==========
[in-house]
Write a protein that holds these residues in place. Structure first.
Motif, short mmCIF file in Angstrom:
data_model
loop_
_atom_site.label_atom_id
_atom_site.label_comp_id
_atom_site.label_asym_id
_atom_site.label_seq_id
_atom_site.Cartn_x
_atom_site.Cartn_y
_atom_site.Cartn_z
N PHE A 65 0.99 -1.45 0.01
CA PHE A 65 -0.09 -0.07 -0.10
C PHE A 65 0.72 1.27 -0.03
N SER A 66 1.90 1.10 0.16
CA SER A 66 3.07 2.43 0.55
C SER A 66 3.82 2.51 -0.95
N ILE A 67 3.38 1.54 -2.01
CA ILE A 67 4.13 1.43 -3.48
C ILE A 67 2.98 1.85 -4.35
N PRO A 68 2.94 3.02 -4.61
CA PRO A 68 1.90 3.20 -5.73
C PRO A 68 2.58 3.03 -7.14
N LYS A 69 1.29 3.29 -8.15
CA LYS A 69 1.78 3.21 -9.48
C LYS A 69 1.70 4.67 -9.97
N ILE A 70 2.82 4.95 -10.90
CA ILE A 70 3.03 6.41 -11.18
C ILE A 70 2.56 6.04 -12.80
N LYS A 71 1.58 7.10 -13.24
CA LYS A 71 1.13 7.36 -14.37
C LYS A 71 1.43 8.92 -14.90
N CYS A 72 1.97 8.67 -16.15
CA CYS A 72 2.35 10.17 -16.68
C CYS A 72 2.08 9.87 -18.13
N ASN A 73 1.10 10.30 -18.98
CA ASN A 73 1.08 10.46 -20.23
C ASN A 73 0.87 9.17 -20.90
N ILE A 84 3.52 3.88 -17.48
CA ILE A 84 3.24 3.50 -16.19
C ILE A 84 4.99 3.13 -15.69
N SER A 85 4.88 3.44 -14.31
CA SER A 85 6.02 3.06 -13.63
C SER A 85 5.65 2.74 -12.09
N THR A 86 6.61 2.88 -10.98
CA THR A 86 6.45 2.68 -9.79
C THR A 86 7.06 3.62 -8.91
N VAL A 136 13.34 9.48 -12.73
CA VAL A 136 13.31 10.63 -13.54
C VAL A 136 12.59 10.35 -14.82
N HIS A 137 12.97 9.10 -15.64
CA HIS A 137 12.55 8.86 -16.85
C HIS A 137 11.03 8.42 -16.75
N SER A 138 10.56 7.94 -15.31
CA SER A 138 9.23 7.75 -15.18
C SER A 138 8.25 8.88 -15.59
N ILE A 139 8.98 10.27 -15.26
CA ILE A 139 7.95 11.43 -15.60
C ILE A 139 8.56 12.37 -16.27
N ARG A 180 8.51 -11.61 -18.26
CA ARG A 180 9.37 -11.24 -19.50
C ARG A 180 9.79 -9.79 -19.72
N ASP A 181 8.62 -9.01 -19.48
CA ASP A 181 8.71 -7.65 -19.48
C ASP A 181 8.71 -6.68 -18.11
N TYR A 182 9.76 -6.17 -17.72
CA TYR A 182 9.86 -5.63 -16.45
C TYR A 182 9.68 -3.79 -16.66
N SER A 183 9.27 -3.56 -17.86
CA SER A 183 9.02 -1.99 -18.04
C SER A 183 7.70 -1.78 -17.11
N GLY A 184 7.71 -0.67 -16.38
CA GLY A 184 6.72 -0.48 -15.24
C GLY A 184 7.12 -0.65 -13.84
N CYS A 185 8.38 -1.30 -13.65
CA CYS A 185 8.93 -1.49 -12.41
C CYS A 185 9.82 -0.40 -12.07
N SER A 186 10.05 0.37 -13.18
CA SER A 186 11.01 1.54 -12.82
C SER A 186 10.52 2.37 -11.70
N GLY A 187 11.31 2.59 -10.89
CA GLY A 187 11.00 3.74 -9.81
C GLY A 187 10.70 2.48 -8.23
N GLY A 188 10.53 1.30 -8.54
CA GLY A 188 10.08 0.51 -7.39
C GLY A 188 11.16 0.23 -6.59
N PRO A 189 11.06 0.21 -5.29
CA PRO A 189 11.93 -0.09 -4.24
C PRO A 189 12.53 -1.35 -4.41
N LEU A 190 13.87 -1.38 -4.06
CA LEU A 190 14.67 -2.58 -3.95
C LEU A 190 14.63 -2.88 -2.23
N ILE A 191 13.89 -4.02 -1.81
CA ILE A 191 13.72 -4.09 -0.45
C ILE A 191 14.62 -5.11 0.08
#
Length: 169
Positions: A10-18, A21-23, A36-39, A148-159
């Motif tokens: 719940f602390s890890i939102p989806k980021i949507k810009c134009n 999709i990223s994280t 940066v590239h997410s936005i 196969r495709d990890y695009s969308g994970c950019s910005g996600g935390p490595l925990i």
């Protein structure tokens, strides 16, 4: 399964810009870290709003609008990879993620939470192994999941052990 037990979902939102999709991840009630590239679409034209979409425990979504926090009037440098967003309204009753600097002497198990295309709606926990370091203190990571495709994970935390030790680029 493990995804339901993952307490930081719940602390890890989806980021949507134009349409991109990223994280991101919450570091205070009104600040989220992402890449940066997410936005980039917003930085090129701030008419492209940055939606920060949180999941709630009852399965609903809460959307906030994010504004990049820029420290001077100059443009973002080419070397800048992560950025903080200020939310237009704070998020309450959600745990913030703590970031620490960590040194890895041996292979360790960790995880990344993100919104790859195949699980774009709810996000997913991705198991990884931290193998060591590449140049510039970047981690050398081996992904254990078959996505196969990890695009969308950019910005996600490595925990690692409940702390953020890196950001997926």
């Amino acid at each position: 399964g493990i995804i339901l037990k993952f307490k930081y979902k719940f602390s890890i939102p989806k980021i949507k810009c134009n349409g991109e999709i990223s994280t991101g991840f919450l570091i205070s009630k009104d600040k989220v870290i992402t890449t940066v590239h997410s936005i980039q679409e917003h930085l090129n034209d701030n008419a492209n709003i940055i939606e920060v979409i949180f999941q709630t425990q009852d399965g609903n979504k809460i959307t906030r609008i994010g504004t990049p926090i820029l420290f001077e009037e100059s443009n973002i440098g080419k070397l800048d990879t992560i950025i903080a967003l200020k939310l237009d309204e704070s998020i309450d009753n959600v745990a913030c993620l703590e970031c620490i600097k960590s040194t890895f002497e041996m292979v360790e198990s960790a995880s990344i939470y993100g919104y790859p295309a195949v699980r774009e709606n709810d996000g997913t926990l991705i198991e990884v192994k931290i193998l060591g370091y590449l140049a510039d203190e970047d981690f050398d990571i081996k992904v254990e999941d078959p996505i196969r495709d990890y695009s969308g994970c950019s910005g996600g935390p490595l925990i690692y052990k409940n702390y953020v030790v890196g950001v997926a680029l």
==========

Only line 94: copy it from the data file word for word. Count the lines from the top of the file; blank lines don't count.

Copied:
N ILE A 191 13.89 -4.02 -1.81